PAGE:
As the United States prepares for pivotal midterm elections in early November, experts have warned that a wave of unprecedented and baseless allegations of electoral fraud during the 2020 presidential campaign continues to rage.
The allegations, which were constantly pressured by former President Donald Trump, have gained a foothold among state officials and lawmakers across the country over the past two years.
Several states have taken steps to strengthen voting restrictions, passing a plethora of laws labeled by rights advocates as promoting a racially charged legacy of voter resignation.
In Arkansas, ranked as the third highest barriers to voting of any state in the US by 2022 Cost of Voting Indexattempts to restrict access to the ballot box have had a strong effect, said Joshua Ang Price, a former election commissioner for the state’s largest district.
Price, also a former Democratic candidate for Arkansas Secretary of State, is now the deputy director of Arkansas United, a nonpartisan, immigrant rights group. Here Al Jazeera talks to him about what these laws mean for voters in the state.
Al Jazeera: What about voting access in Arkansas?
Price: I would say there is a strong argument that [Arkansas] is the worst state in the country for voters.
I was a former election commissioner in our largest county here in Arkansas. So I’ve seen a lot of these issues first hand and how the lack of policies, or how certain policies affect voters.
We are the last in the voter registry in the country… Election turnout was 54 percent [in Arkansas in 2020] and the national average was 67 percent… So half the state doesn’t vote.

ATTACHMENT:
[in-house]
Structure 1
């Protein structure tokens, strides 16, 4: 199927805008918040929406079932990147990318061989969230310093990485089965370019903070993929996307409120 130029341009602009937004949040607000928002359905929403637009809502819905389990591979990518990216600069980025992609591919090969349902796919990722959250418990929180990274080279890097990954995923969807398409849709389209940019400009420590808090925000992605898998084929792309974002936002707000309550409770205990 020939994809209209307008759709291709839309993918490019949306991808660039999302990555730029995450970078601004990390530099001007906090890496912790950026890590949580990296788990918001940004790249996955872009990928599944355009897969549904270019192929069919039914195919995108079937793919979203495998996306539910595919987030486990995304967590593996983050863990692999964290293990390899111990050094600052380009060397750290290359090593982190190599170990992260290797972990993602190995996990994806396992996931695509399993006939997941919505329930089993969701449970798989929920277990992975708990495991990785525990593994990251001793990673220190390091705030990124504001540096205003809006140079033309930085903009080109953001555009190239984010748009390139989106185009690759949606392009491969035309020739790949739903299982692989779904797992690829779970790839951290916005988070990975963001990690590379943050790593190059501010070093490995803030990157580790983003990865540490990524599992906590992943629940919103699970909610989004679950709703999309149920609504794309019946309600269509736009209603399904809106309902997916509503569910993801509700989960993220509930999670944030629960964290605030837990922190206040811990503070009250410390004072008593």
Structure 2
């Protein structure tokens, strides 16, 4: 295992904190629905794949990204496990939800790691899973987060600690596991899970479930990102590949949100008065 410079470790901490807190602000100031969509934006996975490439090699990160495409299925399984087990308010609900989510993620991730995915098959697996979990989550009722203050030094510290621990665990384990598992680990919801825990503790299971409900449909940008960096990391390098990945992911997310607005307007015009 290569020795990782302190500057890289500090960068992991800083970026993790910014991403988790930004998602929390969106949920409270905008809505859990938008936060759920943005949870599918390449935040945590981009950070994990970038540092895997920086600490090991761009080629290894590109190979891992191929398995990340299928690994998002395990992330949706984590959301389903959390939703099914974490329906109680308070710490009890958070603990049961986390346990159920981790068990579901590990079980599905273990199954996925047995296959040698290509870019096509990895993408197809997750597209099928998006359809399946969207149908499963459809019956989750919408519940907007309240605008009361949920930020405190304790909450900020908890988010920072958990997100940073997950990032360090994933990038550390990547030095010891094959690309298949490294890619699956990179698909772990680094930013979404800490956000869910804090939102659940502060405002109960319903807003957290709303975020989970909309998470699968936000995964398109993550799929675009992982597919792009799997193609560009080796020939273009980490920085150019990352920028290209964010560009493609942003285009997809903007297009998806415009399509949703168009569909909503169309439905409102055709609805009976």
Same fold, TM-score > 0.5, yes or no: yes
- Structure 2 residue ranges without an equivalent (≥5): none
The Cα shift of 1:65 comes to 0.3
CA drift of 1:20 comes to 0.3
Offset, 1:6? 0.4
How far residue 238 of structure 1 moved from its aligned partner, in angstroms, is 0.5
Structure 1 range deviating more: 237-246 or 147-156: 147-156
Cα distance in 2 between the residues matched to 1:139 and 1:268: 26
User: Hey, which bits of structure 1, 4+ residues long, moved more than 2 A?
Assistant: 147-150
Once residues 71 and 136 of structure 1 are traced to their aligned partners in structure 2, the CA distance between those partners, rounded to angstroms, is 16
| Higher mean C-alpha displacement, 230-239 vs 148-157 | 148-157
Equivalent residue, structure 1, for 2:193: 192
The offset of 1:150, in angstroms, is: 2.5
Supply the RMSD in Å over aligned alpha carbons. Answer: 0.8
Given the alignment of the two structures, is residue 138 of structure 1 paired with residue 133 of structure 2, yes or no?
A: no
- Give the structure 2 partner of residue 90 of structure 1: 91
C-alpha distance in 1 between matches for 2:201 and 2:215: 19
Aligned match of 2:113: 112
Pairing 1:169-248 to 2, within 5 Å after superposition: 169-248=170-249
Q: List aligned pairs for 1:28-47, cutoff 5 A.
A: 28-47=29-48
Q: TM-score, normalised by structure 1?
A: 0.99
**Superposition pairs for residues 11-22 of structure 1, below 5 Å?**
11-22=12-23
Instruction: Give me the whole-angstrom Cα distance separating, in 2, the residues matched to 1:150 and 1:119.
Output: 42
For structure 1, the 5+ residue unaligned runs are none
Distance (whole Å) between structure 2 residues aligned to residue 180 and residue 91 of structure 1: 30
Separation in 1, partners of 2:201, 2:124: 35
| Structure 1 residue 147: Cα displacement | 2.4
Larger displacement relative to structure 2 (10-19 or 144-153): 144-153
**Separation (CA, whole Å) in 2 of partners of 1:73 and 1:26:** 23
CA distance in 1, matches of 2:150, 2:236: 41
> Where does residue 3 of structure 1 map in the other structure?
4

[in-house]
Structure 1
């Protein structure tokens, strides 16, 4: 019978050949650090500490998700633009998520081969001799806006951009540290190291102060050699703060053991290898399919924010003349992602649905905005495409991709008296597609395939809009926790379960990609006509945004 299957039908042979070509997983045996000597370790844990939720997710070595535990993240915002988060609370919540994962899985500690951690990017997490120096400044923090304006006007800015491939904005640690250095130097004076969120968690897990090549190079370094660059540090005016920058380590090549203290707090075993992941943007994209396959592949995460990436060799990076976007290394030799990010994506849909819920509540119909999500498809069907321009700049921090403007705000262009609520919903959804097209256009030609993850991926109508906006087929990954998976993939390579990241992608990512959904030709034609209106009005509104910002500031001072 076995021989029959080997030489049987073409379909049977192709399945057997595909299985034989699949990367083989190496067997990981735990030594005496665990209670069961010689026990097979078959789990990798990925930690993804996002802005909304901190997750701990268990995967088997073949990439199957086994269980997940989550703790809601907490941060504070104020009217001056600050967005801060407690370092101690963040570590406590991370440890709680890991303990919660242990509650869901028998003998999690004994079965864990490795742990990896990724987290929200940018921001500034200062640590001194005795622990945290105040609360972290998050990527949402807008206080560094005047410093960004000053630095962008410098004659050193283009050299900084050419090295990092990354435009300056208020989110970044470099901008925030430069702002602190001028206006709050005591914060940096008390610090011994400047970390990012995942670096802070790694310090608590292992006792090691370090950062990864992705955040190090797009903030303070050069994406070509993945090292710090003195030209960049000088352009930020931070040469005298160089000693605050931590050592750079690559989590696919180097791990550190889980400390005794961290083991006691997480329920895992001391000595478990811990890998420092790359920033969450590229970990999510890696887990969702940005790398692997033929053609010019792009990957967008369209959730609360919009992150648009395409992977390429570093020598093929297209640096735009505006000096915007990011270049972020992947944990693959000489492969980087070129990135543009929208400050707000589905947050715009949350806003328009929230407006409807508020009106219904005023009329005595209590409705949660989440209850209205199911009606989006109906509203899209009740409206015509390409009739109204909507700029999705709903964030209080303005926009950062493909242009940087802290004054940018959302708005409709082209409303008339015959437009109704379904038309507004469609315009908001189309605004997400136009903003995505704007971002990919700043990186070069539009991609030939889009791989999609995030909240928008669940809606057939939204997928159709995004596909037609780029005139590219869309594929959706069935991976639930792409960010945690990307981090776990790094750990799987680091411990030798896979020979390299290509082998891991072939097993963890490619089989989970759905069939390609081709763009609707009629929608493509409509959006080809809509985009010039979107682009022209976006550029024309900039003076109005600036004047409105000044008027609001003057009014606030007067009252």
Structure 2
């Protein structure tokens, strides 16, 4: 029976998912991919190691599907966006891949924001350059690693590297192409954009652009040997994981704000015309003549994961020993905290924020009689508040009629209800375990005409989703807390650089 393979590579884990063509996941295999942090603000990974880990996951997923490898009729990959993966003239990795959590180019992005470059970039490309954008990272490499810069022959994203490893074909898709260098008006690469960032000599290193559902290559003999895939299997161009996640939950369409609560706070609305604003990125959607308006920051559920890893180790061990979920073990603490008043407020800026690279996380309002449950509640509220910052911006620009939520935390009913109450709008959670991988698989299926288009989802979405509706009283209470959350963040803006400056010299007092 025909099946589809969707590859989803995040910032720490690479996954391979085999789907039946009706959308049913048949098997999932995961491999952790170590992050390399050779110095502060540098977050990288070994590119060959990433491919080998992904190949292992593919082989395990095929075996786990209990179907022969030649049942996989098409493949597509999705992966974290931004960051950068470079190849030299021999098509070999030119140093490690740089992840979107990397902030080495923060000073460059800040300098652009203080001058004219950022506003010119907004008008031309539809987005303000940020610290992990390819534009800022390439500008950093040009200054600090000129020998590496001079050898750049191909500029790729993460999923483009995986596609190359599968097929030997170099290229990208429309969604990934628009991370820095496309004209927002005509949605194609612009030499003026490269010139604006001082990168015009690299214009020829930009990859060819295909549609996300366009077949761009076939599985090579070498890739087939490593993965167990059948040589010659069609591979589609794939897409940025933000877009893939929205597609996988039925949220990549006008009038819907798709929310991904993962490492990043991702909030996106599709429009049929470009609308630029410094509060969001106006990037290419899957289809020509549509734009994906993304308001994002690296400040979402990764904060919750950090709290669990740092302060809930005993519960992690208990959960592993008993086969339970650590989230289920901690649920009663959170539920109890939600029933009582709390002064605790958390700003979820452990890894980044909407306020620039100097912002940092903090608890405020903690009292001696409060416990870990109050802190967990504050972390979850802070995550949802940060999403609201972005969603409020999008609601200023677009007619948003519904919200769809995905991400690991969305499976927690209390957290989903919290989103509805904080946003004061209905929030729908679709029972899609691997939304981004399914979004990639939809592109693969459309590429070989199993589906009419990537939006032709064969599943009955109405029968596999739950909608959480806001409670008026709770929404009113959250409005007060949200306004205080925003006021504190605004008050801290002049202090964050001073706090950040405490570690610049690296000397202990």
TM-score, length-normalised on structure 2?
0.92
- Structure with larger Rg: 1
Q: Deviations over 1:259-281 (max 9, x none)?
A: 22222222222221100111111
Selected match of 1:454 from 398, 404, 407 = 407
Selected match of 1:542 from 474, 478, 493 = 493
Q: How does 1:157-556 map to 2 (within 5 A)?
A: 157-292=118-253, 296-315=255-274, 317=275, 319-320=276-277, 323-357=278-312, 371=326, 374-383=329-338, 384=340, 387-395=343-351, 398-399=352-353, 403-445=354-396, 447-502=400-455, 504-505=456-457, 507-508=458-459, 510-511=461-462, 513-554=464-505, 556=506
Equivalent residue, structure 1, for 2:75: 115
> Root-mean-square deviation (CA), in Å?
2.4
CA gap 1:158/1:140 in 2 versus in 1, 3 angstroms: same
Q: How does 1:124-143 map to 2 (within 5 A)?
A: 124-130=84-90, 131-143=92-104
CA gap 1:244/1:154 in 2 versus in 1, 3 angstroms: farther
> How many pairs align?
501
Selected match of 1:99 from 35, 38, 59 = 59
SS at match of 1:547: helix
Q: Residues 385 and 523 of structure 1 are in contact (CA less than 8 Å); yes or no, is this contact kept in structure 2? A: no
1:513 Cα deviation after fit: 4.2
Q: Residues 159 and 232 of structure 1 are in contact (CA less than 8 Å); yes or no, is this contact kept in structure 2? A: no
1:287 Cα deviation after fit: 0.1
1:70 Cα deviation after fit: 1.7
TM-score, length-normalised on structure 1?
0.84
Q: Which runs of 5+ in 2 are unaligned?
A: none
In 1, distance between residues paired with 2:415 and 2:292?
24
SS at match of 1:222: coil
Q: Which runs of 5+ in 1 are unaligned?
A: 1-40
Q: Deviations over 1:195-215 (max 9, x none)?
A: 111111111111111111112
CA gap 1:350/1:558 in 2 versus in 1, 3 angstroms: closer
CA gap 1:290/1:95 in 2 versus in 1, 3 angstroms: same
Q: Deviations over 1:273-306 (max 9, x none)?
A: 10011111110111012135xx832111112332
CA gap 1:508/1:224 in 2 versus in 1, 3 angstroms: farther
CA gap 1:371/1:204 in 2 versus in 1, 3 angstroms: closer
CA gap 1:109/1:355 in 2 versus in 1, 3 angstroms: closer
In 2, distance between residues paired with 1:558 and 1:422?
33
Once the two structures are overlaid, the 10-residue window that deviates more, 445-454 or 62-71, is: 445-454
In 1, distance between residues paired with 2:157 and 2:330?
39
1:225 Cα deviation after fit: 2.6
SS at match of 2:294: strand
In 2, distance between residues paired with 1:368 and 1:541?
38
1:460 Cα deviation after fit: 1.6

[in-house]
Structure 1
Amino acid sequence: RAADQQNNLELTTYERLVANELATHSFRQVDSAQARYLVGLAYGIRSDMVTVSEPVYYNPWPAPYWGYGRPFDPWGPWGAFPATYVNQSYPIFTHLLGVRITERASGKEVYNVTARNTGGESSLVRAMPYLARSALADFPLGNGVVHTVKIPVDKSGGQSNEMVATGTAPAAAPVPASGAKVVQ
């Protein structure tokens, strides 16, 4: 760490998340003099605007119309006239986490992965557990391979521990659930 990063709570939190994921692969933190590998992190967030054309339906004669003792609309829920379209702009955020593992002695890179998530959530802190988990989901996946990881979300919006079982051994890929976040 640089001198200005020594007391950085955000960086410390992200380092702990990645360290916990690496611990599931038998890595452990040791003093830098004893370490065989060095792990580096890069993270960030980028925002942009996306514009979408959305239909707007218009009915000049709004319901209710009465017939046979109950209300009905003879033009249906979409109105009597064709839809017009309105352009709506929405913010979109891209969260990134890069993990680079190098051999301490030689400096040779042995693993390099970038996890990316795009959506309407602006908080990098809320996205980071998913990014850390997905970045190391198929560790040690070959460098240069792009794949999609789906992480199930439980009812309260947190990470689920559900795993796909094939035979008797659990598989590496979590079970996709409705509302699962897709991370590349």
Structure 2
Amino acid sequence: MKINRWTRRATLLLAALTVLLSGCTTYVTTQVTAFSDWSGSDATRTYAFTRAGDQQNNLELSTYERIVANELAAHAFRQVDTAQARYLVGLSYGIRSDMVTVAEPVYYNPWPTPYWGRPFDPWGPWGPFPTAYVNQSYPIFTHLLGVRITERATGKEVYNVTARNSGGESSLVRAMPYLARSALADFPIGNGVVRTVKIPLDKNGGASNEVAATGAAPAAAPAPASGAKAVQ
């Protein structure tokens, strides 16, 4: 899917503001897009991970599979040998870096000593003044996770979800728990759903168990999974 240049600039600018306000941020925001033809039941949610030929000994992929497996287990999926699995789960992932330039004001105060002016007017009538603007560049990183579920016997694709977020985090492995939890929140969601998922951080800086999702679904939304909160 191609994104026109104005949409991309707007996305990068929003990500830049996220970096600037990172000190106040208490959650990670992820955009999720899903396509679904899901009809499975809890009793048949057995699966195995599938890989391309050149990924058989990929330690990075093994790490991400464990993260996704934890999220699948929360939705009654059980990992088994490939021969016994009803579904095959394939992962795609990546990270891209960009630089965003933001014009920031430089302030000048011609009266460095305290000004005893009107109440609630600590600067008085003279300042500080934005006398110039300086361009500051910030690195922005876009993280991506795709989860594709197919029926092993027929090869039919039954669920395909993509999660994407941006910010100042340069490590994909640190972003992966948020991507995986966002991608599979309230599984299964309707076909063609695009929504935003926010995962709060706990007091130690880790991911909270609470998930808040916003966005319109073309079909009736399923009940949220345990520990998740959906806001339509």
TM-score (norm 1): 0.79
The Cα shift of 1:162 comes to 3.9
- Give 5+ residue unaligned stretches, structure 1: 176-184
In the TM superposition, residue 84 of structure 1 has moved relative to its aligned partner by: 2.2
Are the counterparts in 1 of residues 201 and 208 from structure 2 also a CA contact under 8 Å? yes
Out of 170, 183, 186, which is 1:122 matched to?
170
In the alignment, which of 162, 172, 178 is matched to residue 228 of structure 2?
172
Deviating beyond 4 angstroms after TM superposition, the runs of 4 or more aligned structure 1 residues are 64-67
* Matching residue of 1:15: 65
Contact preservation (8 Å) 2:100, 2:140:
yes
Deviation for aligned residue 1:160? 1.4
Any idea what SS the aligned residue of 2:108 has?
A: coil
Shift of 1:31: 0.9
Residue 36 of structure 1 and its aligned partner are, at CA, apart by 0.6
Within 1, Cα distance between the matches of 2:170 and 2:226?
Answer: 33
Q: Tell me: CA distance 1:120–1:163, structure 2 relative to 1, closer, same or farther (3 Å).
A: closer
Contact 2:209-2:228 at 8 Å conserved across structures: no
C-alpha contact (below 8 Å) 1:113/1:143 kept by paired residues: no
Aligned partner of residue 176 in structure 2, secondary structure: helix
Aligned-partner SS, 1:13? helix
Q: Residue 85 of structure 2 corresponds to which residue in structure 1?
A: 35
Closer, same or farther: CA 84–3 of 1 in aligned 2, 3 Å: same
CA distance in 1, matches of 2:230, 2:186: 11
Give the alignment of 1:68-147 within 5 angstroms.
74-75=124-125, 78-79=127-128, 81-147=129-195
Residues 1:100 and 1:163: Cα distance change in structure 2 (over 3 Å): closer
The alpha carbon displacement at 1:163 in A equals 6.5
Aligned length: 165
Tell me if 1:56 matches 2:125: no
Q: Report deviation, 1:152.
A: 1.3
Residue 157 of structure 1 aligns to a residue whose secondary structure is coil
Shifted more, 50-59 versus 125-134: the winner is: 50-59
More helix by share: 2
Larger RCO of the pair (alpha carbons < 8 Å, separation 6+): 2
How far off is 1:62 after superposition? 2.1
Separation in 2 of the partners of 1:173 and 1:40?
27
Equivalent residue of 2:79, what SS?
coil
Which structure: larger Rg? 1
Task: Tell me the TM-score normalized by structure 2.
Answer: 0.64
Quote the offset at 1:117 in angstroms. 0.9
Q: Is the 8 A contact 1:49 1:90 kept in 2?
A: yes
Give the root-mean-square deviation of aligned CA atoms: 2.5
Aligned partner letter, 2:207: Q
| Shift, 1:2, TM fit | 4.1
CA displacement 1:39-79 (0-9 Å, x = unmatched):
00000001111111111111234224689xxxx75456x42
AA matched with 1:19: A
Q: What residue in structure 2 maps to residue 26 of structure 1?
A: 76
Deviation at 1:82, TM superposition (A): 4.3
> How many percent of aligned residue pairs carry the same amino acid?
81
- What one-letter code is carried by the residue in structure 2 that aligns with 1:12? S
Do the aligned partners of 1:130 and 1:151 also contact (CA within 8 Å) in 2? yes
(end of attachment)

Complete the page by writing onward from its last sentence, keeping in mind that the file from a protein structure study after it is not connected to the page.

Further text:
Arkansas is also the first in the country to reject ballots, at 6.4 percent — the national average is 0.8 percent.
Note: In this interview, the terms “mail ballots” and “absence ballots” are used interchangeably. Some US states distinguish between “absent ballots,” for which only a few voters are eligible, and “mail-in ballots,” which can be mailed rather than in person and are generally available to all voters. In Arkansas, only ballots are available to voters.
Al Jazeera: What are the main barriers that voters face?
Price: [October 11] was the last day to register to vote in the state of Arkansas. So that’s where we really have a problem. You can only register to vote [up to] 30 days before the election.
We’re also one of eight states that don’t have online voter registration… So that creates a lot of barriers, especially for underserved communities and people living in rural areas.
When it comes to ballot entries, the sheer number of ballot entries that are rejected is for what I consider nitpicky reasons.
There is a voter’s declaration form that you must complete when you hand in your ballot and it will be checked against the information you have registered with the registry… And if something is wrong or missing from that form, your ballot will be automatically rejected.
For example: You forgot to enter your zip code, but everything else is correct. It has been rejected. You put today’s date in place of your birthday, just don’t think, and remember that a photocopy of your ID must be attached to the ballot – it will be rejected.
There is also a mismatch of signatures… If your signature does not match the one on the district office file, it may be rejected. This is highly subjective and different election commissions are stricter than others.
Some states have a recovery period where if you make a minor mistake in your out of office vote, you will be called and can correct it. We don’t have that option in Arkansas.
Al Jazeera: What happened to polling stations in the state?
Price: In the past two years, many polling stations in both urban and rural locations have closed.
I’ve been working here with a local newspaper to keep track of how many polling stations have closed in the past two years… We called all 75 counties and got the numbers from them.
As far as we know, they have closed 237 polling stations in the past two years. That’s probably underreported because we couldn’t get our hands on some provinces, and some provinces haven’t decided whether to close them yet.
So that’s 1,167 in 2020, up to 930 in 2022 — so 20 percent of polling stations in the state are closed.
You’re creating a kind of voice deserts, as I like to call them, across the state.
For an urban example, Pulaski County is the most populous county in the state, with nearly 400,000 people and home to the state capital, Little Rock. They’ve closed 24 and they’ve closed them mostly in communities of color that “don’t get a lot of traffic”.